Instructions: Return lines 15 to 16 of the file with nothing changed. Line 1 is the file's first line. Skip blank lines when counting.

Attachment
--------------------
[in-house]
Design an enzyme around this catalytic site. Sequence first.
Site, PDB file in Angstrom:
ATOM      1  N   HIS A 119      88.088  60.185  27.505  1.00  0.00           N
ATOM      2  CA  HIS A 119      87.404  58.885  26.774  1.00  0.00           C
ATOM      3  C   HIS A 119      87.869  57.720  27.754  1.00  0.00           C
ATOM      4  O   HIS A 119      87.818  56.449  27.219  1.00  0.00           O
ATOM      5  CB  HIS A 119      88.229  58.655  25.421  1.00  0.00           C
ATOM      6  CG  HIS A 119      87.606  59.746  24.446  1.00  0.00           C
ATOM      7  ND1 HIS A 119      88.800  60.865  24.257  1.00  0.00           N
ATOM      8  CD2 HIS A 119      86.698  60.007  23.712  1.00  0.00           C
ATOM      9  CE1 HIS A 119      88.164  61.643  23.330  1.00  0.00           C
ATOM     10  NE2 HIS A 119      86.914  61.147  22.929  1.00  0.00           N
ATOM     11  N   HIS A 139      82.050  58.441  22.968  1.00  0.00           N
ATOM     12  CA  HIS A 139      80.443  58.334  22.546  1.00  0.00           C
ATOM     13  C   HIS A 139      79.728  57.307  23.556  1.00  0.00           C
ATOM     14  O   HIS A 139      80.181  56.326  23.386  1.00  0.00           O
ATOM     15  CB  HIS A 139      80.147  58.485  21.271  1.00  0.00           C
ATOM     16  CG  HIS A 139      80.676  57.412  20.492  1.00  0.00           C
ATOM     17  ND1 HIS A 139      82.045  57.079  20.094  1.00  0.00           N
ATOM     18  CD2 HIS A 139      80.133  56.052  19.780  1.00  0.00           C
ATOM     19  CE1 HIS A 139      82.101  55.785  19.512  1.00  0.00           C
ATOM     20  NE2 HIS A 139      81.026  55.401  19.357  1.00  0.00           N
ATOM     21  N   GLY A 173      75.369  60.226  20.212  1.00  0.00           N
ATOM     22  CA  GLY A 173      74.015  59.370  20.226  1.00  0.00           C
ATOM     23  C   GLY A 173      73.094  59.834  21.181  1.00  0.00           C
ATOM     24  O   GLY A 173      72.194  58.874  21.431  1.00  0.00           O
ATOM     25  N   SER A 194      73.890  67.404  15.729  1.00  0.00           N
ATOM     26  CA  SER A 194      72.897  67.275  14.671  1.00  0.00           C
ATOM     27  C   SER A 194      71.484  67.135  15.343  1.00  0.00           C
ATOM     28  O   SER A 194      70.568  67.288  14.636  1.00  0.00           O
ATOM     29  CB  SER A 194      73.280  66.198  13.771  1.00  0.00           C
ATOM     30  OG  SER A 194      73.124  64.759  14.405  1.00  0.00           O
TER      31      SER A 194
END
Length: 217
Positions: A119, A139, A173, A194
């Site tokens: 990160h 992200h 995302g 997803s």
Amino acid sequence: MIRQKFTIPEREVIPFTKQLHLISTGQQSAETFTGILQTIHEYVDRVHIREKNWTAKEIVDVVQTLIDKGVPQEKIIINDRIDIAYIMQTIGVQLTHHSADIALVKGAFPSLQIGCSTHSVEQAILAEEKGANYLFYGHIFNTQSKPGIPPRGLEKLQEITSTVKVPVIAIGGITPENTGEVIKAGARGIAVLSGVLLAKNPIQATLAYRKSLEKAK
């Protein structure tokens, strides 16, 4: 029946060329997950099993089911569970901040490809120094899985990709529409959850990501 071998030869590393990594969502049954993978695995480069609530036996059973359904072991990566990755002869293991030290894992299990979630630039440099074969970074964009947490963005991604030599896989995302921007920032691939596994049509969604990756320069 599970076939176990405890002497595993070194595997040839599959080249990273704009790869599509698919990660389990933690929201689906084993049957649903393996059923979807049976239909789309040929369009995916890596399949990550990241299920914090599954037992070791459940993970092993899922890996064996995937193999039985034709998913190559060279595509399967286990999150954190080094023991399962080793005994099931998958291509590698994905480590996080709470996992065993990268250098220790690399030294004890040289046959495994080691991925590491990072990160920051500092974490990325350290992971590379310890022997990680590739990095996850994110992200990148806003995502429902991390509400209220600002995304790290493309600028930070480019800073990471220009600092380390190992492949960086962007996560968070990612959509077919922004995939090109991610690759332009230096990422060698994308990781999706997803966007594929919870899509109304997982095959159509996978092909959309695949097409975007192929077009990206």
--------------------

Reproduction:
ATOM     12  CA  HIS A 139      80.443  58.334  22.546  1.00  0.00           C
ATOM     13  C   HIS A 139      79.728  57.307  23.556  1.00  0.00           C